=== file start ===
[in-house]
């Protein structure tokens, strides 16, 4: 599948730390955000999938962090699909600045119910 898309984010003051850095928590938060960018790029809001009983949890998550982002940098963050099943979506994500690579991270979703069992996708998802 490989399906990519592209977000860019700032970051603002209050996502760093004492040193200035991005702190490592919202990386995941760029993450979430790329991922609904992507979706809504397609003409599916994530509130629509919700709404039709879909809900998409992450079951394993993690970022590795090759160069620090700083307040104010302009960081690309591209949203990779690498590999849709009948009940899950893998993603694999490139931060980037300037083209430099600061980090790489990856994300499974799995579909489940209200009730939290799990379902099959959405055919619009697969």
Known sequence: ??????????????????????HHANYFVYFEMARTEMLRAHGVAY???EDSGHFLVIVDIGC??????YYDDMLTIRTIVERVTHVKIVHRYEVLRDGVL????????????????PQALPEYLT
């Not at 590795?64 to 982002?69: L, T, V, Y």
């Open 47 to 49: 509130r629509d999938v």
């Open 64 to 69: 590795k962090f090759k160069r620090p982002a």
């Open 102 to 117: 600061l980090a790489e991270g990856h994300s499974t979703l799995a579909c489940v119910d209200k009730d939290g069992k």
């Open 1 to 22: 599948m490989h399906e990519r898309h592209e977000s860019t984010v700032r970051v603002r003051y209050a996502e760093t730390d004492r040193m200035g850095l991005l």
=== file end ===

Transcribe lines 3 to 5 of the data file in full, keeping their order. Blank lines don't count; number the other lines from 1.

Known sequence: ??????????????????????HHANYFVYFEMARTEMLRAHGVAY???EDSGHFLVIVDIGC??????YYDDMLTIRTIVERVTHVKIVHRYEVLRDGVL????????????????PQALPEYLT
């Not at 590795?64 to 982002?69: L, T, V, Y």
């Open 47 to 49: 509130r629509d999938v």